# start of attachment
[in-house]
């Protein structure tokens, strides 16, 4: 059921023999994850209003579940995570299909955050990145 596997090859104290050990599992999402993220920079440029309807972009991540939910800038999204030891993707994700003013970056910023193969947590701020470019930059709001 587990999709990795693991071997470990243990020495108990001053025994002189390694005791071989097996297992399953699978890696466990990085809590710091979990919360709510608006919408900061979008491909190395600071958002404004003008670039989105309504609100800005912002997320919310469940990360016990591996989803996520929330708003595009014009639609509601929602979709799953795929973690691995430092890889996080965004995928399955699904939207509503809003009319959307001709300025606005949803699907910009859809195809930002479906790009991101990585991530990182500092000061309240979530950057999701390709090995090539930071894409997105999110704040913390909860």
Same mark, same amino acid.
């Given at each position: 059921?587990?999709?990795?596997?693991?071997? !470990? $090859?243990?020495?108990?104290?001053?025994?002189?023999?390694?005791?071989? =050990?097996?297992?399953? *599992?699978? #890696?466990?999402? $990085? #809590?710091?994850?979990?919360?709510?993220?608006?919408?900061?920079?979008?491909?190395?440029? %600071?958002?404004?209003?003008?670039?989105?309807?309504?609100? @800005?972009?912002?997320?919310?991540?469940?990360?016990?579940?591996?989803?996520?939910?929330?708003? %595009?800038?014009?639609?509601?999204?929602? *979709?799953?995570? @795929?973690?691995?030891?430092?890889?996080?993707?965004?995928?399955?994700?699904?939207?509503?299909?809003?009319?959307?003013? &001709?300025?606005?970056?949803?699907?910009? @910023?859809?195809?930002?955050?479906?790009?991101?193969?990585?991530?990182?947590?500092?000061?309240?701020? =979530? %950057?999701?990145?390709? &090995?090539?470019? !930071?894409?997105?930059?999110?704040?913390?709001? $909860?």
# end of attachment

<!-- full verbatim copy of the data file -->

[in-house]
């Protein structure tokens, strides 16, 4: 059921023999994850209003579940995570299909955050990145 596997090859104290050990599992999402993220920079440029309807972009991540939910800038999204030891993707994700003013970056910023193969947590701020470019930059709001 587990999709990795693991071997470990243990020495108990001053025994002189390694005791071989097996297992399953699978890696466990990085809590710091979990919360709510608006919408900061979008491909190395600071958002404004003008670039989105309504609100800005912002997320919310469940990360016990591996989803996520929330708003595009014009639609509601929602979709799953795929973690691995430092890889996080965004995928399955699904939207509503809003009319959307001709300025606005949803699907910009859809195809930002479906790009991101990585991530990182500092000061309240979530950057999701390709090995090539930071894409997105999110704040913390909860």
Same mark, same amino acid.
């Given at each position: 059921?587990?999709?990795?596997?693991?071997? !470990? $090859?243990?020495?108990?104290?001053?025994?002189?023999?390694?005791?071989? =050990?097996?297992?399953? *599992?699978? #890696?466990?999402? $990085? #809590?710091?994850?979990?919360?709510?993220?608006?919408?900061?920079?979008?491909?190395?440029? %600071?958002?404004?209003?003008?670039?989105?309807?309504?609100? @800005?972009?912002?997320?919310?991540?469940?990360?016990?579940?591996?989803?996520?939910?929330?708003? %595009?800038?014009?639609?509601?999204?929602? *979709?799953?995570? @795929?973690?691995?030891?430092?890889?996080?993707?965004?995928?399955?994700?699904?939207?509503?299909?809003?009319?959307?003013? &001709?300025?606005?970056?949803?699907?910009? @910023?859809?195809?930002?955050?479906?790009?991101?193969?990585?991530?990182?947590?500092?000061?309240?701020? =979530? %950057?999701?990145?390709? &090995?090539?470019? !930071?894409?997105?930059?999110?704040?913390?709001? $909860?």